Climate, cotton, cattle, citrus and copper.
Arizona’s five Cs have historically been the backbone of the state’s economy.
That’s not going to cut it in the 21st century. For the Grand Canyon State to truly thrive, it will need to become the center of advanced microelectronics.
That was the theme of discussion at the annual Congressional Conference on Aug. 20 at Arizona State University, themed “Growing Arizona’s Technology Future.” The event featured panels and attendees that included members of Congress, mayors and industry experts.
University President Michael Crow opened the daylong event with a call to arms.
“The economy of the future is going to be more computationally driven at every level than anyone can even imagine,” Crow said. “Everything is going to be moving into a hyper computational mode: autonomous vehicles, every system that you can imagine, not 12 billion transistors on the chip that's in your iPhone but 50 billion transistors.”
What is being called the New Economy Initiative — where engineering is the backbone of Arizona’s success — dovetails with other desirable outcomes, Crow said.
“It turns out that the future of many of the things that we'd like to achieve in in advanced manufacturing and advanced economies, in high-value outcomes, in systems that improve our energy outcomes, are environmental outcomes, are water outcomes — personal safety, our health, our well-being,” he said. “Advanced microelectronics offer us tools and opportunities to advance on every front in every possible way.”
ASU is leading the way by producing engineers. In 2009, ASU had 6,000 engineering students in the Ira A. Fulton Schools of Engineering. This semester there are 25,000 engineering students, making the Fulton Schools the largest engineering school in the country.
The School of Manufacturing Systems and Networks is designed to address next-generation engineering challenges.
“The following is a small thing, but we think we can get it done,” Crow said. “Build the world's greatest scaled engineering school ever constructed (with) research as intense as any engineering school that's ever existed, and larger and more diverse and more capable and more agile than any engineering school that's ever been built.”
International competition is fierce. Microelectronics are in everything, but the U.S. represents only 12% of global microchip manufacturing, Arizona Sen. Mark Kelly said at the conference. There is also a lack of domestic testing facilities.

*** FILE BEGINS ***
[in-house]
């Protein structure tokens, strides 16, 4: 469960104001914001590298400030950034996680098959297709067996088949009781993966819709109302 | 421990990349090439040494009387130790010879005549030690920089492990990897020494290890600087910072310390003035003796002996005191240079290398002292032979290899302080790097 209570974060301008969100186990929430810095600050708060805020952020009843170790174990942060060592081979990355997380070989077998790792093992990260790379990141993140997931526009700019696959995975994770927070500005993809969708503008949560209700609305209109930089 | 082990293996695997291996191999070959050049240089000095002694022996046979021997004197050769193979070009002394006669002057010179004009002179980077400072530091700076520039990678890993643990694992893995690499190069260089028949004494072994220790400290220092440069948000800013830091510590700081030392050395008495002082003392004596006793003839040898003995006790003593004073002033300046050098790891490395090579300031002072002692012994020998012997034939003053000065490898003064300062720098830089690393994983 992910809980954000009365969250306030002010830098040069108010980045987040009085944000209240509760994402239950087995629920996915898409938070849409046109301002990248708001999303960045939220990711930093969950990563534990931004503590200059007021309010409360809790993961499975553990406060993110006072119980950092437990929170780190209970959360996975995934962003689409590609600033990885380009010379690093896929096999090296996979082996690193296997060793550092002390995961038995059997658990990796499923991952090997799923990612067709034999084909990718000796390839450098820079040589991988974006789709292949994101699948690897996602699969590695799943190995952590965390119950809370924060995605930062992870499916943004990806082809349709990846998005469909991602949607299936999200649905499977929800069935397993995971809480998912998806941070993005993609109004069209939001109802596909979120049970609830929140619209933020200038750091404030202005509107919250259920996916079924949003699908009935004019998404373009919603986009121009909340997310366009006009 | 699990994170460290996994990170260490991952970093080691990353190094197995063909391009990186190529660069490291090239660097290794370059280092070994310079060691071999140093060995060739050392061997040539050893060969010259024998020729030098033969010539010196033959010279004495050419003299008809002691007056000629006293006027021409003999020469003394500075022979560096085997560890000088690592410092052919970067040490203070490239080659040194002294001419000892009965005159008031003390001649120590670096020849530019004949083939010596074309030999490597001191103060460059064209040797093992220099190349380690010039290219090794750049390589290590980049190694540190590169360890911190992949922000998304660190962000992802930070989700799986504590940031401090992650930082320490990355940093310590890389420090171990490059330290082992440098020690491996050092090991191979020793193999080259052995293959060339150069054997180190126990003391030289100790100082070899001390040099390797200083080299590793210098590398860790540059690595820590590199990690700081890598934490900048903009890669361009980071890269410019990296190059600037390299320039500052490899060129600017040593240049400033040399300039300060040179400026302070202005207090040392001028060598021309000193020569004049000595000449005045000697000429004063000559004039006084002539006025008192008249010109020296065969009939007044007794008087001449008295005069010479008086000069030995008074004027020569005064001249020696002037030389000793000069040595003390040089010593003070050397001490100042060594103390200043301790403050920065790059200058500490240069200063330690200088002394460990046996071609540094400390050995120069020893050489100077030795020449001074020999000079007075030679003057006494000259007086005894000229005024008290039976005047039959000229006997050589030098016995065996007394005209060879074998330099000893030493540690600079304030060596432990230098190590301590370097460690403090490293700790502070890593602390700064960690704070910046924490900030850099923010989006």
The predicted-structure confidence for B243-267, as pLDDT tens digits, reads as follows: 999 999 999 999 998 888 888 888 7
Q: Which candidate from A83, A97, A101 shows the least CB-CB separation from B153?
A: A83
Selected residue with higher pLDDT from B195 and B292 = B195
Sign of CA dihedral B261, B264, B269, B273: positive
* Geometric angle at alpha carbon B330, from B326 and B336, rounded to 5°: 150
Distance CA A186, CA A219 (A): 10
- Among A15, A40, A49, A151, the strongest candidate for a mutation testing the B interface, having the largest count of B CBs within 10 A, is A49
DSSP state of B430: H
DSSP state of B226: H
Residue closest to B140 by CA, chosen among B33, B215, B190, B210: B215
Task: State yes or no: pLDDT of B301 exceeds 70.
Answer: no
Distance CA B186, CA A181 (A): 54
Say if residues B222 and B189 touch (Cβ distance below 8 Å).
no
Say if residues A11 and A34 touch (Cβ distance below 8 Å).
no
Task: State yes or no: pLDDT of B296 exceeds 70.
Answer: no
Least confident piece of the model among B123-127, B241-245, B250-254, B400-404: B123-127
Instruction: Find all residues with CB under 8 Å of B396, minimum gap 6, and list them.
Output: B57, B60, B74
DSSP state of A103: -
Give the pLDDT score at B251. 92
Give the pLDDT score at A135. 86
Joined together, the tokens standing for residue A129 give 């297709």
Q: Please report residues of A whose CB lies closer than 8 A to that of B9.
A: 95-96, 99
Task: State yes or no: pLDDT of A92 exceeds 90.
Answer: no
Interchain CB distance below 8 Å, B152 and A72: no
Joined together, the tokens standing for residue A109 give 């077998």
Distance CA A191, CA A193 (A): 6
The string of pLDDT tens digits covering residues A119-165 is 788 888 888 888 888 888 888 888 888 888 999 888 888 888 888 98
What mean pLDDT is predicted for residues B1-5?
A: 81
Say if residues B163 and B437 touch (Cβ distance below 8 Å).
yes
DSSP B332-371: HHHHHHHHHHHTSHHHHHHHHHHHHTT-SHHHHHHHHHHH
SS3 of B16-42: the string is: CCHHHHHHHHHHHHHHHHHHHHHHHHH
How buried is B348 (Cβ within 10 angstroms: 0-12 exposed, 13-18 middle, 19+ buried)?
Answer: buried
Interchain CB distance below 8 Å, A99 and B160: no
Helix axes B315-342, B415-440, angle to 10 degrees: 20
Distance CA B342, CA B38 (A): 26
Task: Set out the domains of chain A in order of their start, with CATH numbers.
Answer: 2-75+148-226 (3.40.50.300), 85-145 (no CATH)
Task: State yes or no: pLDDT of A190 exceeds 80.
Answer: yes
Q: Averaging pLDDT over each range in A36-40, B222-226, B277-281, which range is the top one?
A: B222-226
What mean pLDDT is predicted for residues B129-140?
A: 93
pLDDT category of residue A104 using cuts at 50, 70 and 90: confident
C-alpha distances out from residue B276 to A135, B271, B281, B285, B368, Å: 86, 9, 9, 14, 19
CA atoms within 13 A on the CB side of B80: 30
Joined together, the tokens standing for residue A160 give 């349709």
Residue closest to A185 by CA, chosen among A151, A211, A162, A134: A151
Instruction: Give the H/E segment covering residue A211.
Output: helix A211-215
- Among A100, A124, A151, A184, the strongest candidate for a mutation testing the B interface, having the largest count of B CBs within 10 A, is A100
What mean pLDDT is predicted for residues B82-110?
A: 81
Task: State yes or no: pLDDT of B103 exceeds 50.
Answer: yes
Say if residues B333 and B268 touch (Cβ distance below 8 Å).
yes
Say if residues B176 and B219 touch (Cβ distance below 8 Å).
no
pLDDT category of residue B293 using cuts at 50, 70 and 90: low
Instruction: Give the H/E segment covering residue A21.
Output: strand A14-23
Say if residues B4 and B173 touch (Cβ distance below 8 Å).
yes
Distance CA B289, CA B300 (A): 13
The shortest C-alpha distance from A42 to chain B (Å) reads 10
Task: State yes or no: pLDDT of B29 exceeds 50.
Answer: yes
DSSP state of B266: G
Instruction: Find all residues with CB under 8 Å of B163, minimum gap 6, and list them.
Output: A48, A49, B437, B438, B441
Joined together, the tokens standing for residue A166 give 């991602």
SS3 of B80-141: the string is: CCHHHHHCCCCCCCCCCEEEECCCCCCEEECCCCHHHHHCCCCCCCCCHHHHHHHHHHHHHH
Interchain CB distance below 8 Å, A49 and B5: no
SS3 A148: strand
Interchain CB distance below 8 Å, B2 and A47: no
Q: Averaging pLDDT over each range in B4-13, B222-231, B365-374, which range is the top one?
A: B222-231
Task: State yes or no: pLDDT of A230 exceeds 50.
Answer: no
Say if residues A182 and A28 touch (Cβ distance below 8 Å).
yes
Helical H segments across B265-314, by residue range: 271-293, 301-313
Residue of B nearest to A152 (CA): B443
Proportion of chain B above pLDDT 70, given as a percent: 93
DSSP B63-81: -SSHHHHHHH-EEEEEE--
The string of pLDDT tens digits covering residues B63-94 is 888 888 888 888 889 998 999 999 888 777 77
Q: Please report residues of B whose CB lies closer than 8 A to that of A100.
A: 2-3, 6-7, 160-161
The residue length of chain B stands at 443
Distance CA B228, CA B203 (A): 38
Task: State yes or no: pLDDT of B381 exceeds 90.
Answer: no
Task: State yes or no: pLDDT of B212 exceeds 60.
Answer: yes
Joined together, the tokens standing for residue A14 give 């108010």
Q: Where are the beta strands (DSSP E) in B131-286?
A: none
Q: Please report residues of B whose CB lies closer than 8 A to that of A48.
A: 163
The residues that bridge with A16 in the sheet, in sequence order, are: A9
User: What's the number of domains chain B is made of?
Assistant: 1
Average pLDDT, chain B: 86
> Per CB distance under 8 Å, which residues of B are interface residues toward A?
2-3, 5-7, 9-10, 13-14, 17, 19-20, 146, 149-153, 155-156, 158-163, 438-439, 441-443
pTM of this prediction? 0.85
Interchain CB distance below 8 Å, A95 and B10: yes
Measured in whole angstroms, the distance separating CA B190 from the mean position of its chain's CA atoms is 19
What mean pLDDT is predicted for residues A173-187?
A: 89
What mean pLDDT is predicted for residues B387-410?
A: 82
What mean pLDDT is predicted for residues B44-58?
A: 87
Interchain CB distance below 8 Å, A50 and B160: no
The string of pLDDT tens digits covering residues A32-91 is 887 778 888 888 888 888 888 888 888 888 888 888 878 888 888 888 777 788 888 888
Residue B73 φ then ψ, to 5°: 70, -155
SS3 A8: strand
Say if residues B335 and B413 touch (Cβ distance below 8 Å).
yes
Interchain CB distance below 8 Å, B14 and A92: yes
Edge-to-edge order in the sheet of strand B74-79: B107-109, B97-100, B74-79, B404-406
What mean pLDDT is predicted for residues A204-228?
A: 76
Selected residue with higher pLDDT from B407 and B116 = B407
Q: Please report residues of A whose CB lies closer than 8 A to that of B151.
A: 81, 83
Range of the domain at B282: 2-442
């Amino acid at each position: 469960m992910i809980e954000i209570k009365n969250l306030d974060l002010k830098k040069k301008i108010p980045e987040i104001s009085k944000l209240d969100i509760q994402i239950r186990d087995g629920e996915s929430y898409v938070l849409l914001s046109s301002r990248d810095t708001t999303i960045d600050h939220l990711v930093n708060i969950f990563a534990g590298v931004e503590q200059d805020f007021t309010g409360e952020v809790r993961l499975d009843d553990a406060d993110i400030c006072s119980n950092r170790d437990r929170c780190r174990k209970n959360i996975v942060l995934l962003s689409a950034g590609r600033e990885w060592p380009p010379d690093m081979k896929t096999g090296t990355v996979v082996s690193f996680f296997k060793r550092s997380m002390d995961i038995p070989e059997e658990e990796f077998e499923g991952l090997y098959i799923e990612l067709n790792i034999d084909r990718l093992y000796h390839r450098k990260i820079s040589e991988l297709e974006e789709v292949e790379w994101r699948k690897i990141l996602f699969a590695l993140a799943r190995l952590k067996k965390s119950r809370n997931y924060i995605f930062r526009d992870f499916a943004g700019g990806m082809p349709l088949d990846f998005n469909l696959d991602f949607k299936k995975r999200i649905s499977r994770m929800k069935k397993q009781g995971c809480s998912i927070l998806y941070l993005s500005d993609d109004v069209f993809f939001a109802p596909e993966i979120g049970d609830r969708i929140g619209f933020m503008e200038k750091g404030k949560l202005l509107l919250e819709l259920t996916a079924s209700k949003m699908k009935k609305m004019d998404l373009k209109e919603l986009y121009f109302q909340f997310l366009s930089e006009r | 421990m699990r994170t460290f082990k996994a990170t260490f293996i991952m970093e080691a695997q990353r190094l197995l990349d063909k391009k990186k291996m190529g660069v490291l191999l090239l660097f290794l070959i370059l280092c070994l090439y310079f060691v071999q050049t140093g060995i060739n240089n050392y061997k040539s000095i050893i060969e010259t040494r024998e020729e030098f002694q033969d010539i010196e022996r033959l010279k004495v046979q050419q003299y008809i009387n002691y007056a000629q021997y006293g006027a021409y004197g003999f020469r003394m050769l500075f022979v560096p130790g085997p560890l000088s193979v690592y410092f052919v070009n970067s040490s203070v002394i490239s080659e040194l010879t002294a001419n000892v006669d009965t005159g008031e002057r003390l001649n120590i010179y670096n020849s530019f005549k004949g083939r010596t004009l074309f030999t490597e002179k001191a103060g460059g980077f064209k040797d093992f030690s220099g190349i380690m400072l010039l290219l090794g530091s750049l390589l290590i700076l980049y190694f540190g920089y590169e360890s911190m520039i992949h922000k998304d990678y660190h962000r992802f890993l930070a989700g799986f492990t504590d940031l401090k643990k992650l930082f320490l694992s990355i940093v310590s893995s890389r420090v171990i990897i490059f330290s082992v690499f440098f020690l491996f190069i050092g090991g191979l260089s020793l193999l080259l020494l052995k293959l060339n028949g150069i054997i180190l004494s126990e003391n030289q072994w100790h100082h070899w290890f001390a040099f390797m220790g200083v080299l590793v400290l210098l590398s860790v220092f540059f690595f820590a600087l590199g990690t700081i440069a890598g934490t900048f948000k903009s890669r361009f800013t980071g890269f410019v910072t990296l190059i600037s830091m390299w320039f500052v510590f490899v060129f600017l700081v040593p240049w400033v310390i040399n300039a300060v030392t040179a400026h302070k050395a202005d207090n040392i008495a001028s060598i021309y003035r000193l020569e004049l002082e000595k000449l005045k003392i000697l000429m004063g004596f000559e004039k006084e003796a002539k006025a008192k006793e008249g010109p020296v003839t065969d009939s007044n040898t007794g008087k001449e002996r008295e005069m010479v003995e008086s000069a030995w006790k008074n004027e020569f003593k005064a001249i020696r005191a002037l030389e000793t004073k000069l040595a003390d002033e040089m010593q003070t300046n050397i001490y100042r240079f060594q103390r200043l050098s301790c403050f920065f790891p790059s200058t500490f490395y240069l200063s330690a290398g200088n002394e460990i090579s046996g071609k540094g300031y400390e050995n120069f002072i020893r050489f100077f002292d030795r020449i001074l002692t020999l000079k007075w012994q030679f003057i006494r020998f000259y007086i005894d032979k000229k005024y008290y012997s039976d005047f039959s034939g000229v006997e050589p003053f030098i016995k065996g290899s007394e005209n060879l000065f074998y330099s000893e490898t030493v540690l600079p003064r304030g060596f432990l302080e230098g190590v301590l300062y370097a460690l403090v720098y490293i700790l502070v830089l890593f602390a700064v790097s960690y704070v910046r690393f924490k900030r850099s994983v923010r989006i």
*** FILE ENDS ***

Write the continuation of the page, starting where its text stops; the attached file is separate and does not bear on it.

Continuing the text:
“We need to develop these lab-to-fab capabilities right here,” Kelly said. “And I believe one of the best places to locate these capabilities is at Arizona State University.”
China has a long-term policy on this, said Eric Hennenhoefer, co-founder and CEO of Cerfe Labs.
“They just invested $150 million in memory, and they have a whole quarter and they plan to hire thousands of people in Shanghai to do it,” Hennenhoefer said. “The part of the message, which is really more to the government, is that if you really want to move this industry back (to the U.S.), you need to make sure you subsidize the whole ecosystem.”
There are more than 150 microprocessors in a car, he pointed out. With the global supply chain so complicated, without one part, you can’t make the car.
There is no monopoly on smart people and brains, said Raja Suresh, director of research at General Dynamics.
“There are smart people all over the world,” Suresh said. “The only way to stay ahead is to constantly keep inventing and leave the competition in the dust. That's the only way to succeed.”
Sally C. Morton, the head of ASU’s Knowledge Enterprise, an organization with annual research expenditures of $640 million, said a lot is in place for success to happen.
“We can train the workforce needed to lead the U.S. in microelectronics manufacturing, and we have the strong industrial base to put the chips into the products that need them,” Morton said. “Now, Arizona must become the focal point for innovation, research and development of the next generation of microelectronics.”
Arizona has more potential than any other state to become the model for what a successful economic democracy is all about, Crow said.
“I think that in Arizona, we have the early seeds all in place right now to become, not the American center for advanced microelectronics design, development and manufacturing and systems integration, but the global center,” he said.
Top image: Sally C. Morton, the executive vice president of Knowledge Enterprise, was the emcee at the ASU Congressional Conference webcast on Aug. 20. The conference theme was “Growing Arizona’s Technology Future.” The event featured several speakers and four panel discussions all with the general focus on turning the state into the global development and manufacturing center for microelectronic systems. Screenshot by Charlie Leight/ASU